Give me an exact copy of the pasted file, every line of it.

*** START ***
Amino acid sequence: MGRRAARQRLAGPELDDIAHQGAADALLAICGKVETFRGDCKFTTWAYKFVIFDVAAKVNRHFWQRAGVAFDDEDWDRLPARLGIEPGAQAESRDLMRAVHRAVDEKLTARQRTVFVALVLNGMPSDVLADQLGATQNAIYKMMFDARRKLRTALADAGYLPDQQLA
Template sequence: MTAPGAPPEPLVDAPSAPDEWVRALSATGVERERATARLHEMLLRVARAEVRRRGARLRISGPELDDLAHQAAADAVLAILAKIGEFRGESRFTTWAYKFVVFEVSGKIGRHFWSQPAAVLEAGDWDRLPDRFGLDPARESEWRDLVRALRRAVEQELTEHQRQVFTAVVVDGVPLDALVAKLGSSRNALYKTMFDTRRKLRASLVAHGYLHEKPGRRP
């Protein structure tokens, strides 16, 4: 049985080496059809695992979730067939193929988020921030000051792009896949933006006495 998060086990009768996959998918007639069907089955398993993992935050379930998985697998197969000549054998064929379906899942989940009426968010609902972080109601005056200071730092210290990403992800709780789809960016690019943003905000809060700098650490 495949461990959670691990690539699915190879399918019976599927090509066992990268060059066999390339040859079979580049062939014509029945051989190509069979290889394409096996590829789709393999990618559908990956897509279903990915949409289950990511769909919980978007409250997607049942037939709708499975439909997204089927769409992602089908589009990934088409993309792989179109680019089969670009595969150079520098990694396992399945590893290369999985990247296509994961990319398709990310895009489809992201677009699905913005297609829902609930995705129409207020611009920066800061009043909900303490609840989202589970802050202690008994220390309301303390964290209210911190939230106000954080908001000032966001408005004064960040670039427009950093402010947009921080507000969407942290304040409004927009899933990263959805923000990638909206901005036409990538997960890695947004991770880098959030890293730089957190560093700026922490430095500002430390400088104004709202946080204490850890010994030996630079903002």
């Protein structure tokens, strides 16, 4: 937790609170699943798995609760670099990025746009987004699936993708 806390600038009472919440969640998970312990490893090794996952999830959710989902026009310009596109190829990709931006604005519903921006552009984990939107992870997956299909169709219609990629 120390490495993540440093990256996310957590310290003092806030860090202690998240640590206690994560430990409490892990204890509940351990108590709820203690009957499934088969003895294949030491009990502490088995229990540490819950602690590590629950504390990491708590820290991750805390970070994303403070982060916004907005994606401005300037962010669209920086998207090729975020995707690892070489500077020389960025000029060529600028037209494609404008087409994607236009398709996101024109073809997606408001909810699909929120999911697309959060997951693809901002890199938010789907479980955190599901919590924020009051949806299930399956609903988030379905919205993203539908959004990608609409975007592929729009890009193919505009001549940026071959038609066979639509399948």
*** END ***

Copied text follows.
Amino acid sequence: MGRRAARQRLAGPELDDIAHQGAADALLAICGKVETFRGDCKFTTWAYKFVIFDVAAKVNRHFWQRAGVAFDDEDWDRLPARLGIEPGAQAESRDLMRAVHRAVDEKLTARQRTVFVALVLNGMPSDVLADQLGATQNAIYKMMFDARRKLRTALADAGYLPDQQLA
Template sequence: MTAPGAPPEPLVDAPSAPDEWVRALSATGVERERATARLHEMLLRVARAEVRRRGARLRISGPELDDLAHQAAADAVLAILAKIGEFRGESRFTTWAYKFVVFEVSGKIGRHFWSQPAAVLEAGDWDRLPDRFGLDPARESEWRDLVRALRRAVEQELTEHQRQVFTAVVVDGVPLDALVAKLGSSRNALYKTMFDTRRKLRASLVAHGYLHEKPGRRP
């Protein structure tokens, strides 16, 4: 049985080496059809695992979730067939193929988020921030000051792009896949933006006495 998060086990009768996959998918007639069907089955398993993992935050379930998985697998197969000549054998064929379906899942989940009426968010609902972080109601005056200071730092210290990403992800709780789809960016690019943003905000809060700098650490 495949461990959670691990690539699915190879399918019976599927090509066992990268060059066999390339040859079979580049062939014509029945051989190509069979290889394409096996590829789709393999990618559908990956897509279903990915949409289950990511769909919980978007409250997607049942037939709708499975439909997204089927769409992602089908589009990934088409993309792989179109680019089969670009595969150079520098990694396992399945590893290369999985990247296509994961990319398709990310895009489809992201677009699905913005297609829902609930995705129409207020611009920066800061009043909900303490609840989202589970802050202690008994220390309301303390964290209210911190939230106000954080908001000032966001408005004064960040670039427009950093402010947009921080507000969407942290304040409004927009899933990263959805923000990638909206901005036409990538997960890695947004991770880098959030890293730089957190560093700026922490430095500002430390400088104004709202946080204490850890010994030996630079903002």
């Protein structure tokens, strides 16, 4: 937790609170699943798995609760670099990025746009987004699936993708 806390600038009472919440969640998970312990490893090794996952999830959710989902026009310009596109190829990709931006604005519903921006552009984990939107992870997956299909169709219609990629 120390490495993540440093990256996310957590310290003092806030860090202690998240640590206690994560430990409490892990204890509940351990108590709820203690009957499934088969003895294949030491009990502490088995229990540490819950602690590590629950504390990491708590820290991750805390970070994303403070982060916004907005994606401005300037962010669209920086998207090729975020995707690892070489500077020389960025000029060529600028037209494609404008087409994607236009398709996101024109073809997606408001909810699909929120999911697309959060997951693809901002890199938010789907479980955190599901919590924020009051949806299930399956609903988030379905919205993203539908959004990608609409975007592929729009890009193919505009001549940026071959038609066979639509399948």